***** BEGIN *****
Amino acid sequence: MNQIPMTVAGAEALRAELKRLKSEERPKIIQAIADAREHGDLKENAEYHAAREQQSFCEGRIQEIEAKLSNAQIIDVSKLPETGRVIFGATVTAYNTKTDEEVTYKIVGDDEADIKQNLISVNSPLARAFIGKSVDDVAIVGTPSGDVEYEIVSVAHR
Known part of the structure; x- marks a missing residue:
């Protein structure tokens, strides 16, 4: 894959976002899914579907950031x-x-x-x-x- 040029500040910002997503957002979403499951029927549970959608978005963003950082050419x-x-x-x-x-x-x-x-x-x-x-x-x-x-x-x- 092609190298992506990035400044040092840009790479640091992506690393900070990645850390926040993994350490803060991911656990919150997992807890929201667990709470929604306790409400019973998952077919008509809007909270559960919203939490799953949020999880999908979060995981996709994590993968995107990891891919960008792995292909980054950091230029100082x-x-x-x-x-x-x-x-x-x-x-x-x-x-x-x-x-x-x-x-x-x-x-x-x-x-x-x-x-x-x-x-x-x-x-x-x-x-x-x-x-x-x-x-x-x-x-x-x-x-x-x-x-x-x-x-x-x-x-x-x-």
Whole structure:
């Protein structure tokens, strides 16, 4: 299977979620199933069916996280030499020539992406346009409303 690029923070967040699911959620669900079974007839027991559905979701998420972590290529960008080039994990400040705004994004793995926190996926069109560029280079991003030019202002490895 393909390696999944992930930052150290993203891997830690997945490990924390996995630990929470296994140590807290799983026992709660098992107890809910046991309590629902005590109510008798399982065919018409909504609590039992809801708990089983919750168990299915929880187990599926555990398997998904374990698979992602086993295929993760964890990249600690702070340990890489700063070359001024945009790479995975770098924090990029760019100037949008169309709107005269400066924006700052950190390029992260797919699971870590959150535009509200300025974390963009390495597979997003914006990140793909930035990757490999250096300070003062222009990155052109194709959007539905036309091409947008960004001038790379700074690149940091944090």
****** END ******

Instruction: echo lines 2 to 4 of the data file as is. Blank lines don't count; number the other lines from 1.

Known part of the structure; x- marks a missing residue:
């Protein structure tokens, strides 16, 4: 894959976002899914579907950031x-x-x-x-x- 040029500040910002997503957002979403499951029927549970959608978005963003950082050419x-x-x-x-x-x-x-x-x-x-x-x-x-x-x-x- 092609190298992506990035400044040092840009790479640091992506690393900070990645850390926040993994350490803060991911656990919150997992807890929201667990709470929604306790409400019973998952077919008509809007909270559960919203939490799953949020999880999908979060995981996709994590993968995107990891891919960008792995292909980054950091230029100082x-x-x-x-x-x-x-x-x-x-x-x-x-x-x-x-x-x-x-x-x-x-x-x-x-x-x-x-x-x-x-x-x-x-x-x-x-x-x-x-x-x-x-x-x-x-x-x-x-x-x-x-x-x-x-x-x-x-x-x-x-």
Whole structure: